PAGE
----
components, including pathogens. Greywater should be applied below the
surface where possible (e.g., via drip line on top of the soil, under
mulch; or in mulch-filled trenches) and not sprayed, as there is a
danger of inhaling the water as an aerosol.

In any greywater
system, it is important to avoid toxic materials such as bleaches, bath
salts, artificial dyes, chlorine-based cleansers, strong acids/alkali,
solvents, and products containing boron, which is toxic to plants at
high levels. Most cleaning agents contain sodium salts, which can cause
excessive soil alkalinity, inhibit seed germination, and destroy the
structure of soils by dispersing clay. Soils watered with greywater
systems can be amended with gypsum (calcium sulfate) to reduce pH.
Cleaning products containing ammonia are safe to use, as plants can use
it to obtain nitrogen.[14] A 2010 study of greywater irrigation found no
major health effects on plants, and suggests sodium buildup is largely
dependent on the degree to which greywater migrates vertically through
the soil.[15]

Some greywater may be applied directly from the
sink to the garden or container field, receiving further treatment from
soil life and plant roots.

The use of non-toxic and low-sodium
soap and personal care products is recommended to protect vegetation
when reusing greywater for irrigation purposes.[16]


Obviously the main way to keep unwanted chemicals out of your graywater, is to avoid putting them there in the first place.

But can this be done without sacrificing the effectiveness of your existing detergents? I mean sure, you could switch all your 'tergents over to just plain soap and ammonia-water, but will you still be able to get the same level of cleanliness for your skin, hair, dishes, clothes... and other things typically washed at home?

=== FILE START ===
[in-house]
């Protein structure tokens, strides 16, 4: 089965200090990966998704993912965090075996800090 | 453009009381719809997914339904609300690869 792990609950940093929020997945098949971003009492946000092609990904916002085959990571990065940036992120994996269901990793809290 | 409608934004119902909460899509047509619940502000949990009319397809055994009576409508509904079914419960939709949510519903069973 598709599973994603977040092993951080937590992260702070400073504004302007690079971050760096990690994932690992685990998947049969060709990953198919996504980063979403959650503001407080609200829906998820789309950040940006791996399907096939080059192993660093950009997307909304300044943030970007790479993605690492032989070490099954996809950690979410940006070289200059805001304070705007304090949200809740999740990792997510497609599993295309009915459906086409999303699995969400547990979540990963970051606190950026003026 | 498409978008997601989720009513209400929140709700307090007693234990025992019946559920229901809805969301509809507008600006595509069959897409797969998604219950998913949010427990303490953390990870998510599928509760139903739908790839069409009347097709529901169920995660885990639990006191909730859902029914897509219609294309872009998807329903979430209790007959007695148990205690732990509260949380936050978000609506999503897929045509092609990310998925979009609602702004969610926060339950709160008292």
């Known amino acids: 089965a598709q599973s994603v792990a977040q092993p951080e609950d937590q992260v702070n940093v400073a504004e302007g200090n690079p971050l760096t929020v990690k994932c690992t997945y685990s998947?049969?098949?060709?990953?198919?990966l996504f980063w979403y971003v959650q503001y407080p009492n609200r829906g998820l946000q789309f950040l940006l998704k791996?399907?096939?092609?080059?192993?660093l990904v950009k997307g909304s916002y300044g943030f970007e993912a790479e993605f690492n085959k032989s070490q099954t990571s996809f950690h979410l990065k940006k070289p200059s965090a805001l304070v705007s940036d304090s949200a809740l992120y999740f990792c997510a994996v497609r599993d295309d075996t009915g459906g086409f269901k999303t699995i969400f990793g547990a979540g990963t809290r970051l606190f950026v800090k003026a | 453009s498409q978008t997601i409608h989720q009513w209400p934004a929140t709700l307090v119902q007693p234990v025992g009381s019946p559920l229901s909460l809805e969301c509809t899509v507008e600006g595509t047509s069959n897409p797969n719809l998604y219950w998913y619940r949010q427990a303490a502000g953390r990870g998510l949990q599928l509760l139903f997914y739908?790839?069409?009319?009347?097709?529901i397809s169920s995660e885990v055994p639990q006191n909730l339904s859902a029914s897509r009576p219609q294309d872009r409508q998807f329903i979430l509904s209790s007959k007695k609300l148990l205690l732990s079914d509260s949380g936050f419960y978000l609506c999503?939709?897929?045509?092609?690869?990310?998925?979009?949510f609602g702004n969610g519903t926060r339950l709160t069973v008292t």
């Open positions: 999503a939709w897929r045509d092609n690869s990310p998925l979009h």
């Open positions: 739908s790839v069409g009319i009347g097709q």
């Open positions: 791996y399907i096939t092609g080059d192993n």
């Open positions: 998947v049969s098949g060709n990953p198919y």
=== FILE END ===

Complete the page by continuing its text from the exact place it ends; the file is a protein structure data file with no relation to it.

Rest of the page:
By the way, there are examples of surfactants that are persistent pollutants, i.e. cannot be metabolized by microbes, cannot be broken down in soil,

https://en.wikipedia.org/wiki/Persistent_organic_p...

but these days, such chemicals are hard to find in ordinary consumer products, thankfully.

Although one that comes to mind is PFOA (perfluorooctanoic acid)
https://en.wikipedia.org/wiki/Perfluorooctanoic_ac...

and the similar PFOS (perfluorooctanesulfonic acid)
https://en.wikipedia.org/wiki/Perfluorooctanesulfo...

In the bad old days (BOD) these were used in some kinds of fire fighting foam, apparently used in large amounts for fire fighting practice drills at military bases all across the Former United States.

https://www.ewg.org/research/pfas-chemicals-contam...

Also I think they used to put PFOS in Scotchgard (R), which was this consumer waterproofing product, but I think they changed the formula years ago, presumably to something more easily broken down by the natural environment.

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Electronic guyJack A Lopez

Reply 4 months ago

Thanks for your nice answer I actually got my answer after reading your answer and some other sources.

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Grandmow

4 months ago

Don’t use detergent, instead use biodegradable dish soap, shampoo, etc.

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Jack A LopezGrandmow

Reply 4 months ago

How do you tell the difference?

I mean, between detergent and not detergent? Or between biodegradable and not biodegradable?

You make it sound very easy. Like a binary choice. Just pick one or the other.

Are there some clues on the product's label I should be reading?

If it is that simple, then perhaps I have been overthinking the problem.